As I was dropped off at the airport, I couldn’t decipher if the buzzing in my body was a forewarning for a panic attack, or thrill for what my eyes would see, my lips would taste, and my nose would smell, when landing in a foreign country. But the thoughts that seemed like magnets to my mind were laced in threats of potential danger and reasons why I shouldn’t go. I bought a plane ticket one week before departure, acting as if spontaneity was second nature. I set out on this venture alone, maybe with something to prove to myself, maybe a rebellious fuck you to my anxiety, or maybe my soul wanting to revel in the freedom of my recent job resignation. I had no concept of where I would call home and no understanding of the various transportation systems, but I had a direct flight set to depart in a few hours. Some would find this an exhilarating adventure of discovery, whereas I was ruminating over the feelings that my safety would be sacrificed. The compulsive WHAT IFS magnified in their compulsory questioning. My heart yearned to travel as much as my mind pleaded for a retreat into familiar comfort zones. How curious it is to experience within myself, a free spirit stuck in human rigidity and anxiousness.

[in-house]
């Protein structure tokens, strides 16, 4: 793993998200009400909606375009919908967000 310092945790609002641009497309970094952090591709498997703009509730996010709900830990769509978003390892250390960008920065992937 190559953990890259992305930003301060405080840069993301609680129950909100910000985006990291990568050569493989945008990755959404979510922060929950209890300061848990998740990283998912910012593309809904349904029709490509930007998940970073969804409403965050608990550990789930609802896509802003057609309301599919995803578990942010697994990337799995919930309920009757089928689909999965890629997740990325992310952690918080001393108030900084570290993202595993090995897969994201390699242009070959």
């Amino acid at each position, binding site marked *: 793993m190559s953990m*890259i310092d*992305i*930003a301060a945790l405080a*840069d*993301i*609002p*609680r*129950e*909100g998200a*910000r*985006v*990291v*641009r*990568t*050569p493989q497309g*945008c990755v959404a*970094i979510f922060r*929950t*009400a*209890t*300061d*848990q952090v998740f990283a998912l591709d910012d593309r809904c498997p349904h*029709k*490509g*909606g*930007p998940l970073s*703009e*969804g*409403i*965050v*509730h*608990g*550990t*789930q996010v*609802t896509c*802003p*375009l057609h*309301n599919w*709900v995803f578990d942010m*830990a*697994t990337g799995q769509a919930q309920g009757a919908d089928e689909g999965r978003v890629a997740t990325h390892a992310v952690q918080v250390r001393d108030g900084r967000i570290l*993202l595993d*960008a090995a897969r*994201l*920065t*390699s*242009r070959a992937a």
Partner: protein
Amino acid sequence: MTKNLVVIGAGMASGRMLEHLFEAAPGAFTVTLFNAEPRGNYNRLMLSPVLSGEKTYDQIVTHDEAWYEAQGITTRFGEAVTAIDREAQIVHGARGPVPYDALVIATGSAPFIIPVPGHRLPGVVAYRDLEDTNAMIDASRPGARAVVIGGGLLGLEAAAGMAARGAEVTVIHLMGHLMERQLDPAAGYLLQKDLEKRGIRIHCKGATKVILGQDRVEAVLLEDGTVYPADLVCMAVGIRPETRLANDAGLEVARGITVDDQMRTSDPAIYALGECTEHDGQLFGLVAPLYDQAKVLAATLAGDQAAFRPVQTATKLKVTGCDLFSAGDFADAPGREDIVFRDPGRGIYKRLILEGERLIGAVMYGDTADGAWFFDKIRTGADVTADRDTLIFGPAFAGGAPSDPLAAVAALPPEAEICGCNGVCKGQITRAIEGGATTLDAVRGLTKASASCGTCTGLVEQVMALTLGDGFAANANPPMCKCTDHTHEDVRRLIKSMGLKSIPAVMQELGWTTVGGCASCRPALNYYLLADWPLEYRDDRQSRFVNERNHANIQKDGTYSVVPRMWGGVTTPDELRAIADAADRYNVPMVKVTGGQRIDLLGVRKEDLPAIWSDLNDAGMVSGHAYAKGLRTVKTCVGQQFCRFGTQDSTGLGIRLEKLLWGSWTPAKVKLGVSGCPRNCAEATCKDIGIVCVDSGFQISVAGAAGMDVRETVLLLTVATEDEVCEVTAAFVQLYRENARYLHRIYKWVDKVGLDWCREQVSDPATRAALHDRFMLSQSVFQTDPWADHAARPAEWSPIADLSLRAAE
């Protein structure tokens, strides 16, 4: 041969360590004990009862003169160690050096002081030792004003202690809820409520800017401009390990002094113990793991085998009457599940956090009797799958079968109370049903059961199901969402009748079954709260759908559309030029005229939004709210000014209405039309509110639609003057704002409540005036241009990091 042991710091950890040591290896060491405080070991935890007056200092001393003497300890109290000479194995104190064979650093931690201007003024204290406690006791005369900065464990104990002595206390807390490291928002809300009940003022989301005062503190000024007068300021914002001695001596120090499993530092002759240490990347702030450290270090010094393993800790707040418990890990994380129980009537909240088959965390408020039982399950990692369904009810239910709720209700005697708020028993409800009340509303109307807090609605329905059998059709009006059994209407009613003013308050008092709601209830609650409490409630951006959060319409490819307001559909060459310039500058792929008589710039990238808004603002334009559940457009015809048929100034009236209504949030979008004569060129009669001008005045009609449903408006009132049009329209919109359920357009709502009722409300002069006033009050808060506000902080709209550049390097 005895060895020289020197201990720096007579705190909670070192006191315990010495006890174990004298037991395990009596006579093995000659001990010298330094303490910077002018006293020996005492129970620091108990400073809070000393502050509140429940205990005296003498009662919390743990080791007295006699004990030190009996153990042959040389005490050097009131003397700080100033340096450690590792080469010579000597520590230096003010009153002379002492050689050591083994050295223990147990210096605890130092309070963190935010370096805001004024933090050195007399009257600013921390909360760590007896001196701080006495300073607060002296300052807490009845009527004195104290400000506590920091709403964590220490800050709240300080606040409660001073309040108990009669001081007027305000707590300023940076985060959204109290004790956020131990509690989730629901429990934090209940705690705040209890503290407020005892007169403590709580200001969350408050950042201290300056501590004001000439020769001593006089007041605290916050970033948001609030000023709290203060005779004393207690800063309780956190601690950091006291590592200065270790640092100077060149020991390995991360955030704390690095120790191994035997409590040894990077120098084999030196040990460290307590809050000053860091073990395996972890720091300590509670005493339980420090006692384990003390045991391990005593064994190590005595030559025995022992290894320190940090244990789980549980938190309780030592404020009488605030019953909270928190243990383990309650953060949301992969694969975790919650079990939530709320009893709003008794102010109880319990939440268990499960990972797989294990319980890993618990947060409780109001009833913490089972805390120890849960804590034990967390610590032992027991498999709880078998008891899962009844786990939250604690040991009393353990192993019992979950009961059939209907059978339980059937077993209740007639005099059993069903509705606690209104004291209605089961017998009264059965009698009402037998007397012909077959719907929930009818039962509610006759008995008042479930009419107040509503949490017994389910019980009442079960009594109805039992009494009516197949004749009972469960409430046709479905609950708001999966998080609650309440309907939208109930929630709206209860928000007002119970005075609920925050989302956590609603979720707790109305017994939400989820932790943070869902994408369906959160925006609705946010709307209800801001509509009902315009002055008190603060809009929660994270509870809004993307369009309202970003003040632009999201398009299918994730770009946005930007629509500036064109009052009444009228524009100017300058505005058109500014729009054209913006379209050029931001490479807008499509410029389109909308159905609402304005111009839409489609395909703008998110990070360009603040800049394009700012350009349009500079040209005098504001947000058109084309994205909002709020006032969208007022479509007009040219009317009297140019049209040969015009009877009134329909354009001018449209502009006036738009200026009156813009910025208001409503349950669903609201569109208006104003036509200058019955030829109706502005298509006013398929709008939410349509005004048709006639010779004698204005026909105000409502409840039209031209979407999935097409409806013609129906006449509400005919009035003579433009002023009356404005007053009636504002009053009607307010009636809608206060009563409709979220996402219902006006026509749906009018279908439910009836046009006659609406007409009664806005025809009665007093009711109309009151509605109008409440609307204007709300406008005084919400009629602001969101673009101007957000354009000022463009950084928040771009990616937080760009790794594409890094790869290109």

As the paradoxical inner pulls continued to battle for the domination of my attention, I, by way of autopilot maneuvering, handed my passport over to be stamped at customs, checked my bags, and walked into the terminal. Forward movement was dwarfed by mounting anxiety, and the judgements I was forming of the threatening panic I was being consumed by over recreational travel. Reaching my threshold for discomfort, I wanted to turn back to the safety of my car, my apartment, my routine, and the arms of my significant other. Forcing a split between my overactive emotions and my physical movement, I kept walking, right onto the plane, right into my seat, and buckled up, despite my inability to internally regulate. I pleaded with the customer service agent to give me an aisle seat, as claustrophobia only increases panic. She sent me to the very back of the plane, assigned me to a window seat with no middle passenger as a neighbor. I thought with this seating arrangement and extra space, the sleeping ailment that I took, and the departure being as late or as early as 1:45am, I was taking measures to combat my anxiety. Unfortunately, once my anxiety evolves to panic, I cannot deny it; I can only hope to stifle it long enough until it passes, requiring me to be pulled from the present moment and depleting my energy reserves. And so I sat there, with silent screams and eyes jumping from their sockets, fighting to appear stoically calm. In this posture I had one final thought, that this was my last opportunity to bail. Just as the thought illuminated into my awareness, the plane peeled from the terminal, and I was committed to my final destination.